Hardly simple problems. In fact, we had been battling those questions for the better part of two decades in helpdesk applications, call center packages, and even help systems embedded in software applications. We had mastered the art of indexing content and doing Boolean searches by keywords, by phrases, or—the revolution back then—by natural language. The explosion of self-service solutions brought a wave of investments into natural language processing (NLP) tools and solutions.
This influx of cash helped advance NLP, with some of that money devoted to figuring out the problem of how to use speech as an entry point for NLP-based systems. With new models and techniques for NLP and speech recognition, we were able to advance from 40 percent to 45 percent out-of-the-box comprehension without training to between 50 percent and 60 percent. Even better, with appropriate training, we could increase the understanding to almost 80 percent in certain cases.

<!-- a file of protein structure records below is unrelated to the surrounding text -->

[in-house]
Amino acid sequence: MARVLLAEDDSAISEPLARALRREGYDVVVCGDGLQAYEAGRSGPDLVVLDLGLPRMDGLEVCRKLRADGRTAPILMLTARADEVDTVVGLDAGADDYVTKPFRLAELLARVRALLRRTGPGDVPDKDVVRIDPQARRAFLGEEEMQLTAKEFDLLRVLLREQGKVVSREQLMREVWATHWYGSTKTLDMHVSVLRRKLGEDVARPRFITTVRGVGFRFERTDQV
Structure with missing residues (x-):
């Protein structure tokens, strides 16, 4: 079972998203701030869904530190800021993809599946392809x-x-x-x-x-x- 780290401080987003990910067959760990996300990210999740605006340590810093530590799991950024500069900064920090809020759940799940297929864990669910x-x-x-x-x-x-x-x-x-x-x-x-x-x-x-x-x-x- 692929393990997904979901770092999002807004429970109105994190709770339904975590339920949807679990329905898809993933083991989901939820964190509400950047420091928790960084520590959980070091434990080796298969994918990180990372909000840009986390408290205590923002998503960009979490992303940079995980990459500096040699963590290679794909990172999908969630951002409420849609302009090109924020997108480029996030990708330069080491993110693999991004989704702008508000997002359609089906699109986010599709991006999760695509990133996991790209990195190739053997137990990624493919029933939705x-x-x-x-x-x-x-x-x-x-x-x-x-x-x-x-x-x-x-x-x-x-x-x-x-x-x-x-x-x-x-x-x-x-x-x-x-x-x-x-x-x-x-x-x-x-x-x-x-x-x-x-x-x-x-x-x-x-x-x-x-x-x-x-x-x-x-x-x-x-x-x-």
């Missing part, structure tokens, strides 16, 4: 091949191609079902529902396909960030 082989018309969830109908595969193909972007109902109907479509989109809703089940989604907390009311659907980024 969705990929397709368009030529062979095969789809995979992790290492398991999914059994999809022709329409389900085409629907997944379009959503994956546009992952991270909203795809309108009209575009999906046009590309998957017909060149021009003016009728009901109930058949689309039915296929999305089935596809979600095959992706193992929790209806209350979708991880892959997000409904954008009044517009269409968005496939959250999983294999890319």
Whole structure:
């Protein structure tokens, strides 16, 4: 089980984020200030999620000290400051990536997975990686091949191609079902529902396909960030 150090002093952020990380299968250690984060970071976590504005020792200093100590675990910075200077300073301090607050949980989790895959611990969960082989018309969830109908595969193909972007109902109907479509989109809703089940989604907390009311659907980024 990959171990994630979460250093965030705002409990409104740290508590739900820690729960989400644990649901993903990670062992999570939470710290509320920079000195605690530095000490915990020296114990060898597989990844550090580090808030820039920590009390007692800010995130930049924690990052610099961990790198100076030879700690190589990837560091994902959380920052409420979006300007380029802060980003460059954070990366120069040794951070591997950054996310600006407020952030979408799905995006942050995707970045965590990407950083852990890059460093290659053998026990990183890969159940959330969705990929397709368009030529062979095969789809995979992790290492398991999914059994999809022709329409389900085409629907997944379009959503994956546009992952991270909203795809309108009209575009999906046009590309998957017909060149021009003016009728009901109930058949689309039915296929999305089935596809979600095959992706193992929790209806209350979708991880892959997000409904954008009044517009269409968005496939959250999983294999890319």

However, this enhanced recognition did little for self-service. Adoption was great at first, as people rushed to deploy solutions seeking to cash in on those low costs per transaction. That great reception was tempered almost immediately, however, as reports emerged that self-service solutions were unable to find the right information. New models for navigation and searching were used and NLP continued its progress, but the right answer remained elusive.